8) The principal designer on any given project could be a single designer, or any of the other duty holders, dependent on the size and type of project and their level of competency.
9) The framework for the measurement and control of key duty holder competencies should be defined in a PAS along similar lines to PAS 525 – Framework for assessing professional engineering competence


These factsheets provide more information about key provisions in the BSA ... CLICK HERE TO ACCESS

next 12-18 months from 2022 and beyond will be crucial ...

In December 2017 Dame Judith Hackitt published her Interim Report that described how the regulatory system covering high-rise and complex buildings was not fit for purpose ─ then in May 2018 presented Building a Safer Future - the Final Report of her Independent Review of Building Regulations and Fire Safety:

In the intervening period we have seen further evidence confirming the deep flaws in the current system - writes Dame Hackitt ...

► lack of an audit trail as to whether essential safety work was carried out on the Ledbury Estate, and other large panel systems tower blocks;

► a door marketed as a 30-minute fire door
failed prior to 30 minutes when tested, revealing concerns around quality assurance and the ability to trace other fire doors manufactured to that specification;

► another tower block fire where fire spread
between floors via wooden balconies; and

► a major fire in a car park in Liverpool which came close to encroaching on a block of flats nearby ...

The Report called for a radical rethink of the whole system and how it works ─ most definitely not just a question of the specification of cladding systems, but of an industry that has not reflected and learned for itself, nor looked to other sectors.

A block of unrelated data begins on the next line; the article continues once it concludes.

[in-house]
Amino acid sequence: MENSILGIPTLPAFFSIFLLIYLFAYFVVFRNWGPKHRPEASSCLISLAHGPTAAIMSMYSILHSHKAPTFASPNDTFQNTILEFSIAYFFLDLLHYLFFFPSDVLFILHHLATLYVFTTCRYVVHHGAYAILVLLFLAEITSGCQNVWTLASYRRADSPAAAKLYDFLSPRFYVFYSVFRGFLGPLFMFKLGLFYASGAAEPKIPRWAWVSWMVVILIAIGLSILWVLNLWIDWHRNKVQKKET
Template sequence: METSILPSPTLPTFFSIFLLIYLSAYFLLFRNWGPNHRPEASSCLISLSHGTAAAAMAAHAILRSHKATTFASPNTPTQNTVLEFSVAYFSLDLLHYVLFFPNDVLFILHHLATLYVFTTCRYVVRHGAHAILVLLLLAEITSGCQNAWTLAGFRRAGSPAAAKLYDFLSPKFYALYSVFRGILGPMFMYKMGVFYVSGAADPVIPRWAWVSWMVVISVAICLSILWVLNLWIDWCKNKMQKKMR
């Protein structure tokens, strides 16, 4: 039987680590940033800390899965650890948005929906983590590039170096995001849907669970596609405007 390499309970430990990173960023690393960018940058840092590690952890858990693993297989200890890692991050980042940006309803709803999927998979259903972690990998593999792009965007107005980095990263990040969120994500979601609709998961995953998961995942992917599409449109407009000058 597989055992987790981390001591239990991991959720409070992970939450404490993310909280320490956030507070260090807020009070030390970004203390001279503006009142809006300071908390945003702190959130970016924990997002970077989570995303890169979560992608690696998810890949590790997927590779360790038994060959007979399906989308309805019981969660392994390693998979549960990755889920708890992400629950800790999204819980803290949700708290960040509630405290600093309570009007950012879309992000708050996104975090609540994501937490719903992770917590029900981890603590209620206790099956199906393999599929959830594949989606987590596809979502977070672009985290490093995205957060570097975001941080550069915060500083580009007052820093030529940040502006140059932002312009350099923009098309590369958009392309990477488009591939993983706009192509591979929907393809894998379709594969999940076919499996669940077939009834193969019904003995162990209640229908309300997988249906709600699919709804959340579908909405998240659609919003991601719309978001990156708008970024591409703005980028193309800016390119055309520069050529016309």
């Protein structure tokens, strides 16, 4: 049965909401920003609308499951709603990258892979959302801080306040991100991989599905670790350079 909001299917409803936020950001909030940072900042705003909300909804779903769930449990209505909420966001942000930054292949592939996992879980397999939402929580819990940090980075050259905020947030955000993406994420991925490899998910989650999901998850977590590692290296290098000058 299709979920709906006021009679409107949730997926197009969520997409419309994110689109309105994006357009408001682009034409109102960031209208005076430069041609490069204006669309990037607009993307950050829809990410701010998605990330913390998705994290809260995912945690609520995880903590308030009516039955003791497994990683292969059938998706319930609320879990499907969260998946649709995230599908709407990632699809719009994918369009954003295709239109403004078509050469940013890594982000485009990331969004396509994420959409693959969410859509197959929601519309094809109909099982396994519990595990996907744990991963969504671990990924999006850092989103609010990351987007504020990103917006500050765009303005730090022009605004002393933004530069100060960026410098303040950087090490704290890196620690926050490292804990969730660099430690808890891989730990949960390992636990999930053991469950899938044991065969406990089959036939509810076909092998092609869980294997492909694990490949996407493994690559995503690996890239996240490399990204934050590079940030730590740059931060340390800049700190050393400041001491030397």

Of course, this does not mean that all buildings are unsafe. Interim mitigation and remediation measures have been put in place where necessary for existing high-rise residential buildings to assure residents of their safety regarding fire risk. It is essential that this industry now works to implement a truly robust and assured approach to building the increasingly complex structures in which people live.

The key issues underpinning the system failure include:
Ignorance – regulations and guidance are not always read by those who need to, and when they do the guidance is misunderstood and misinterpreted.
Indifference – the primary motivation is to do things as quickly and cheaply as possible rather than to deliver quality homes which are safe for people to live in. When concerns are raised, by others involved in building work or by residents, they are often ignored. Some of those undertaking building work fail to prioritise safety, using the ambiguity of regulations and guidance to game the system.